Every year on 16th of June, its the World Sea Turtle Day. There are 7 recognized species of sea turtles. The Leatherback, Green, Loggerhead, Hawksbill, Kemp's Ridley, Olive Ridley and Flatback. Currently, all recorded species are facing extinction, or at least an endangered status tagged on them. On this special day, social media forums were having a thunderclap, a conservation act in the form of micro blogging.
Here's why. Some species such as the loggerhead and green turtle are frequently seen in the Great Barrier Reef, located in the Coral Sea, off the coast of Queensland, Australia. While others such as the Olive Ridley and Leatherback are known to occur but are seldom seen. This story is not only about turtles, but the turtles natural habitat, and thousands of other exclusive marine life. The Great Barrier Reef is the world’s largest World Heritage Area. It contains the most extensive coral reef system on the planet, with 400 species of coral, 1,500 species of fish and 4,000 types of mollusc. It can be seen from space and covers 10% of the total coral mass on Earth. Making it the largest biological structure made by living organisms. An ecosystem so vast and rich, it is considered as Mother Nature's Mona Lisa of the ocean.
So here's the issue. The coal industry. 4 new mega ports, including one of the worlds biggest coal ports in the world is in plans to begin operation. The result would be over 100,000,000 tonnes of dredge spoil to be dumped in the world heritage waters. To top it up, an estimation of 7000 industrial ships will be crossing the reefs each year. The millions of tons of dredging and thousands of coal ships per year could turn the Reef into an industrial zone and shipping superhighway, collectively creating an environmental hazard and potential mass killings of marine life. And you thought it was protected all along? I once thought that too. We're both wrong now.
The info-graphic below that I manage to source from the Internet, shows the impulsive actions by Australia's coal export industry. For a light-box view, click on it.
To tackle this issue, following the success of Virunga National Park's conservation effort, UNESCO and The World Heritage Committee are in talks to consider the preservation of our reefs. Thus YouNesco was born. YouNesco is a new initiative created by WWF in collaboration with UNESCO to make sure that you, the people of the world, are heard when UNESCO makes big decisions. It works like this. By voting you become a YouNesco ambassador. Then when UNESCO vote on big decisions, you do too. They package up your votes and present them to the UNESCO ambassadors before they cast theirs. They get to hear from people all over the world before they vote. You get a say in what happens to your world, and play a part in the decisions that are normally made behind closed doors.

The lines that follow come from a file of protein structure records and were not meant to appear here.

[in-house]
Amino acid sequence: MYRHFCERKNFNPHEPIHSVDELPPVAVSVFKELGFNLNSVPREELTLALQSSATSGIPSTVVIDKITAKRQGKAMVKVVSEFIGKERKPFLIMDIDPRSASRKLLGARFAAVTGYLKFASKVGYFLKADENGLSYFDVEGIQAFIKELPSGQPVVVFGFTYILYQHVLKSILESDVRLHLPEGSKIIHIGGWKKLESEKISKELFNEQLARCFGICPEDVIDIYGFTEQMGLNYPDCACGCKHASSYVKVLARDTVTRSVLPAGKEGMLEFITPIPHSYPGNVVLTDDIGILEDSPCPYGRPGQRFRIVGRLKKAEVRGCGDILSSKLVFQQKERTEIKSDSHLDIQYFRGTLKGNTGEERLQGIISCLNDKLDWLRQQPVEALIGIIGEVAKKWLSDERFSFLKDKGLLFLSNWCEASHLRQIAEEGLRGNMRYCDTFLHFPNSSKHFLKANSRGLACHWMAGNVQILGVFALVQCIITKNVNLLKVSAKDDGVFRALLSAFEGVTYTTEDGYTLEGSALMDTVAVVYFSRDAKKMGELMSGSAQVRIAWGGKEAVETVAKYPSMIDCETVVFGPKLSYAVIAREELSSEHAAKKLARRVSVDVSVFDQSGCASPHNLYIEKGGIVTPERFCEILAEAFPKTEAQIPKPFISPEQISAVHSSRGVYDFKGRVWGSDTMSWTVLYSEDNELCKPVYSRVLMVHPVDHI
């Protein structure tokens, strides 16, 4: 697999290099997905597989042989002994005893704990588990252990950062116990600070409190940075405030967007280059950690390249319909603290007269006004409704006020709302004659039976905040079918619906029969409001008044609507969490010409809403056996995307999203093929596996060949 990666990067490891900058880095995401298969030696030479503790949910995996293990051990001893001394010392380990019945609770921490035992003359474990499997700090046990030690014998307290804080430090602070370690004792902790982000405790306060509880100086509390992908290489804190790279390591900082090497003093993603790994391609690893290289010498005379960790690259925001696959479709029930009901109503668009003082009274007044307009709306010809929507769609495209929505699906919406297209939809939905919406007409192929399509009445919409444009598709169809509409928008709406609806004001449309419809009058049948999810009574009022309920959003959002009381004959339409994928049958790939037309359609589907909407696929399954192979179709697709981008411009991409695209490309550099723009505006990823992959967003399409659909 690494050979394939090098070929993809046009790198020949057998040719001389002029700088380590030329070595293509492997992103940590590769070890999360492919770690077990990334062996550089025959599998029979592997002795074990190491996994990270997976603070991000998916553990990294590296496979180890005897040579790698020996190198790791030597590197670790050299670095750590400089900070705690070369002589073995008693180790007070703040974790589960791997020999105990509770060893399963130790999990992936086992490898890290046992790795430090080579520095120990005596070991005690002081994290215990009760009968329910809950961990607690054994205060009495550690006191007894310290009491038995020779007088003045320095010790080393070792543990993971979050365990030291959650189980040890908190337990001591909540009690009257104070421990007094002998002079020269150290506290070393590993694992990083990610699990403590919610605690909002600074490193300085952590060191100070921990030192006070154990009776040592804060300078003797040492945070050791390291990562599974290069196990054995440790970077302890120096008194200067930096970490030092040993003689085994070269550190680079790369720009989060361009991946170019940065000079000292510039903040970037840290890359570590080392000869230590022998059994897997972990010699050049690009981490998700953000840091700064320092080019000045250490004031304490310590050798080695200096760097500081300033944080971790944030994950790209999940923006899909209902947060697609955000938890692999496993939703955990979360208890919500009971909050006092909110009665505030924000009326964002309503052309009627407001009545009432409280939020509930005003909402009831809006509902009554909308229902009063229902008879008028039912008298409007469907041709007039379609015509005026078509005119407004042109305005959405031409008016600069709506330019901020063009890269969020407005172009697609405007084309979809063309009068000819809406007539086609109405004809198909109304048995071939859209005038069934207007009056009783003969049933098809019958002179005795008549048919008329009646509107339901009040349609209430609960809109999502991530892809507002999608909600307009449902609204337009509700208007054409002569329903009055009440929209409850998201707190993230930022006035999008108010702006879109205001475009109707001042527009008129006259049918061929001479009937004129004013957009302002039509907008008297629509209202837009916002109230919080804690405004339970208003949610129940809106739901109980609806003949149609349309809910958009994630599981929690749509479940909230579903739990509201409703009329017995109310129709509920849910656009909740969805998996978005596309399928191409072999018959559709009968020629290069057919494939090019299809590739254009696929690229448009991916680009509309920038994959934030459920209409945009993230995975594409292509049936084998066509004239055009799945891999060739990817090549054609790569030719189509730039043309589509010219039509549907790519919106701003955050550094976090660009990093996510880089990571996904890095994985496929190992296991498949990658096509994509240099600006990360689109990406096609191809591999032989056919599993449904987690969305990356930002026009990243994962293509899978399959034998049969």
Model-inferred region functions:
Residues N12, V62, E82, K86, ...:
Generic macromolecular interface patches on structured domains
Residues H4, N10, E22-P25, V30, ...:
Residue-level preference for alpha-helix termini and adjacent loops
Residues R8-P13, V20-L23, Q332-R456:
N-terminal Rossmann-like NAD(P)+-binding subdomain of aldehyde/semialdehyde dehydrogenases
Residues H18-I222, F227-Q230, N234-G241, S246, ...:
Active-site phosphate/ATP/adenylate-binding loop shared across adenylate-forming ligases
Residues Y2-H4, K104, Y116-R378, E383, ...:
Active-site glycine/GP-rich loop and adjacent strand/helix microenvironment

Coming back to the thunderclap, millions around the world are encouraged to tweet, post and share their concern using hashtags in every social media forums available. #FightfortheReef was the format given by UNESCO and WWF. This will create a global Social Media Storm that the World Heritage Committee and Australian Government can’t ignore. A moment where your opinion matters the most.
I did my part in Twitter, Instagram and Facebook. I have to say that life begins in the ocean, and a possibility of life ending in the ocean is not something I would give up, or not fight for. The response and support I witness was overwhelming, I know I was not alone. This event took place on a special day, a day that reminds us on how gentle and beautiful turtles are. If 10% of those gentleness was replicated by mankind, I dare to say we will be living in a better and humane world.
So, the votes have flown. The meeting and case should be over by now. All we can do at this moment, is to keep our fingers crossed and hope. Hope has no boundaries and limits. This vote is not only for the turtles, but the stability and biological community they share with. Its quite a strategy to make World Sea Turtle Day as a monumental execution timeline.
Before I end this session, just ask this yourself. How would you visualise to the current generation about a Dodo? You cant, they were long gone before we even existed. Now ask yourself again, would you be able to explain a turtle instead? Of course, they are still here, living among us, sharing the world together. But do not let them to fade away and suffer the same fate as Dodo's. They deserve a chance like any other animals, most of all, compassion from us homo sapiens.
Life on Earth is beautiful by co-existing together. Like the scene of this baby turtle making its way to the ocean. They have survived over 100 million years, keeping the planet lively and full of wonder, but keep in mind if we don't act today, this baby turtle might be the last of its kind.